The Apples in Stereo | Ass For Lassie | A Taste of Tradition | Baby Fox | babyuse | Backsliders | Banco de Gaia | Battalion of Saints A.D. | Les Baxter | The Beatifics | Black Tape For a Blue Girl | Blind Melon | Adrian Borland | Rick Boston | The Breetles | Brutal Truth | Ray Campi | Carpe Wade | David Cassidy | Catfight | Chainsaw Kittens | Vic Chestnut | Les Claypool | The Clouds | The Cogs | Descendents | Division #9 | Dragstrip | Duotang | eels | El Vez | Elysian Fields | Engine 88 | Esquivel | The Evaporators | Exit-13 | Face To Face | Floodgate | Fluffy | Fountains of Wayne | Freaky Chakra Vs. Single Cell Orchestra | Frosted | Fulflej | Future Sound of London | Diamanda Galas | Geezer Lake | Germs (Tribute) | Golden Palominos | Gravy | The Grassy Knoll | Grither | Hang 10 (Various Artists) | Harvey Milk | Boo Hewerdine | Susanna Hoffs | Huevos Rancheros | Jason & the Scorchers | Joe Christmas | Komeda | Lazy | The Lemonheads | Lilys | Arto Lindsay | The Maids of Gravity | Marilyn Manson | Martian Electric | Mazzy Star | The McRackins | The Meatmen | The Melvins | Metal Molly | Country Dick Montana | Thom Moore | Morella's Forest | Ben Neill | New Bomb Turks | The Notwist | 101 Strings | Oppressor | Orange 9mm | Penny Dreadfuls | Pet Shop Boys | Pig | Pigeonhed | Pineal Ventana | Polara | Popcore | Pulley | Pure | The Rectums | Red Aunts | Red House Painters | REO Speedealer | rex | Ruth Ruth | 764-Hero | Kevin Salem | Saucer | Sheep On Drugs | Duncan Sheik | The Shadows | Shatterproof | Signal Aout 42 | Sissy Bar | Smart Brown Handbag | Space Needle | Spacetime Continuum | Speedball Baby | Statuesque | Steel Miners | John P. Strohm and the Hello Strangers | The Technical Jed | Test Dept | Thin Lizard Dawn | Tinker | Toledo | To Live and Shave in L.A. | Emmanuel Top | The Transatlantic Move | Trick Babys | Tweed | Vampire Rodents | Versus | Virago | Warm Wires | The Wedding Present | You'dsellarat'sassholetoablindmanasaweddingring |
= VERY GOOD
THE APPLES IN STEREO
- Science Fair (CD, spinART, Pop)
No, this is not a new batch of tunes from the Apples in Stereo (DAMN!), but merely something to satiate us until the real thing comes along. This CD contains material the band recorded prior to their last full-length CD on the spinART label, including one track that was previously unreleased ("To Love the Vibration of the Bulb"). Due to the low-fidelity recording of these tunes, this disc probably won't interest folks who aren't already familiar with this band. For folks in the know, however, this is another must have from this very subtle yet enchanting little band. The Apples in Stereo are very pop, sometimes sounding like the Beach Boys. Where this band is concerned, melodies are king. And some of the Apples' melodies are nothing short of incredible. Early sixties influenced pop music with a difference. Boy does this make me hungry for some new tunes...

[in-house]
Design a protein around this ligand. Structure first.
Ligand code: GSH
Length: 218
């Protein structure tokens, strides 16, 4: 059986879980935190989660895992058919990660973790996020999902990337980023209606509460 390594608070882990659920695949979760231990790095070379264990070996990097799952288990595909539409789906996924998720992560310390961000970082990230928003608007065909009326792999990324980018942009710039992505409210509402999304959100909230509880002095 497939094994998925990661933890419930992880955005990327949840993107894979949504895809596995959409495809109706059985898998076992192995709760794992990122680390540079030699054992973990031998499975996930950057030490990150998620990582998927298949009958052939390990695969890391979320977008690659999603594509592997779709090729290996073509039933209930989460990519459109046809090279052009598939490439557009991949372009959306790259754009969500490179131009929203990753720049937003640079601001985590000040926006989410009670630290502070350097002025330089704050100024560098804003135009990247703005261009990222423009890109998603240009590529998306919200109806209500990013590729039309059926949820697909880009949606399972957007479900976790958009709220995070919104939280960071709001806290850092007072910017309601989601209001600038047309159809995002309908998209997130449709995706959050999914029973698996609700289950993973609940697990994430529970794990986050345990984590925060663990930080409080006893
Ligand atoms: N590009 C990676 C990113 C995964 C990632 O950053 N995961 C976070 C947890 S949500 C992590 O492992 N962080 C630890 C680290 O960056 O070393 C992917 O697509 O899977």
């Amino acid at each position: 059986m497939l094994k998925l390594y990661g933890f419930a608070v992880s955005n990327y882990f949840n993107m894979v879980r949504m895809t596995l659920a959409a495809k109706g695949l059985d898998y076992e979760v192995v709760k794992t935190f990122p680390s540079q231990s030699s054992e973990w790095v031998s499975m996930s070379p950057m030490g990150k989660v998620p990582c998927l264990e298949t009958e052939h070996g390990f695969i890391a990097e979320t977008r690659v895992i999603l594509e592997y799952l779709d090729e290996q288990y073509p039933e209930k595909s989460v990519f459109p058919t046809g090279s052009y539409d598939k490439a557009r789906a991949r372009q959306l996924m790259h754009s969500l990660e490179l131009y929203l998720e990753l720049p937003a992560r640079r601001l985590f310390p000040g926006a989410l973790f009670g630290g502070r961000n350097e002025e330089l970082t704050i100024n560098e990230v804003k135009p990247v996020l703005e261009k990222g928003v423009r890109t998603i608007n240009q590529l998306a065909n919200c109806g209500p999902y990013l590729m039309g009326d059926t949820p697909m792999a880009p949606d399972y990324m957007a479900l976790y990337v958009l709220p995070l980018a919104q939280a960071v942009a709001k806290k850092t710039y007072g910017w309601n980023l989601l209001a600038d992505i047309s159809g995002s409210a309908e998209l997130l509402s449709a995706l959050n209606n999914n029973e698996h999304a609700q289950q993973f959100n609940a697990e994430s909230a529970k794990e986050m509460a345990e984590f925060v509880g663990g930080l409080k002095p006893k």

ASS FOR LASSIE
- Dog Biscuits Bounce (Advance CD, Rebunya, Country)
Country-pop band Ass For Lassie pace and fight like bitches in heat. Their tunes are hazy, disfigured art pieces that are as pretentious as they are flattering. The bog that digs Lassie is not an ass, but rather a hedged photon that begs for distant liquids. The best tune here is "Underestimating the Power of Dog Meat," but even that suction tube jets off into the floor beams. If this is what Lassie sounds like, I hope she never comes home. This is some shitty damn shitty SHIT.
A TASTE OF TRADITION
- A Taste of Tradition (CD, Tradition, Various Artists)
Jeez...this is EXCELLENT. This various artists compilation contains some real gems from the past...from artists like Lead Belly, Coleman Hawkins, Odetta, Erroll Garner, Woody Herman, and a whole slew more. Twenty-two tracks in all (!) and every one is entertaining. If this is any indication of the music that's being released on the Tradition label, I'd consider myself an instant fan. Listening to these old "hits," it's amazing how similar much of this sounds to many of today's artists. It's also amazing how good these tunes sound so many dozens of years after they were made. The sound quality varies from song to song, but when stuff is this interesting...who cares? Tired of the same old alternative rock bands that all sound alike? Check out this CD...and enter a whole other world that's been there all along.
- A Normal Family (CD, Roadrunner, Dub/pop/experimental)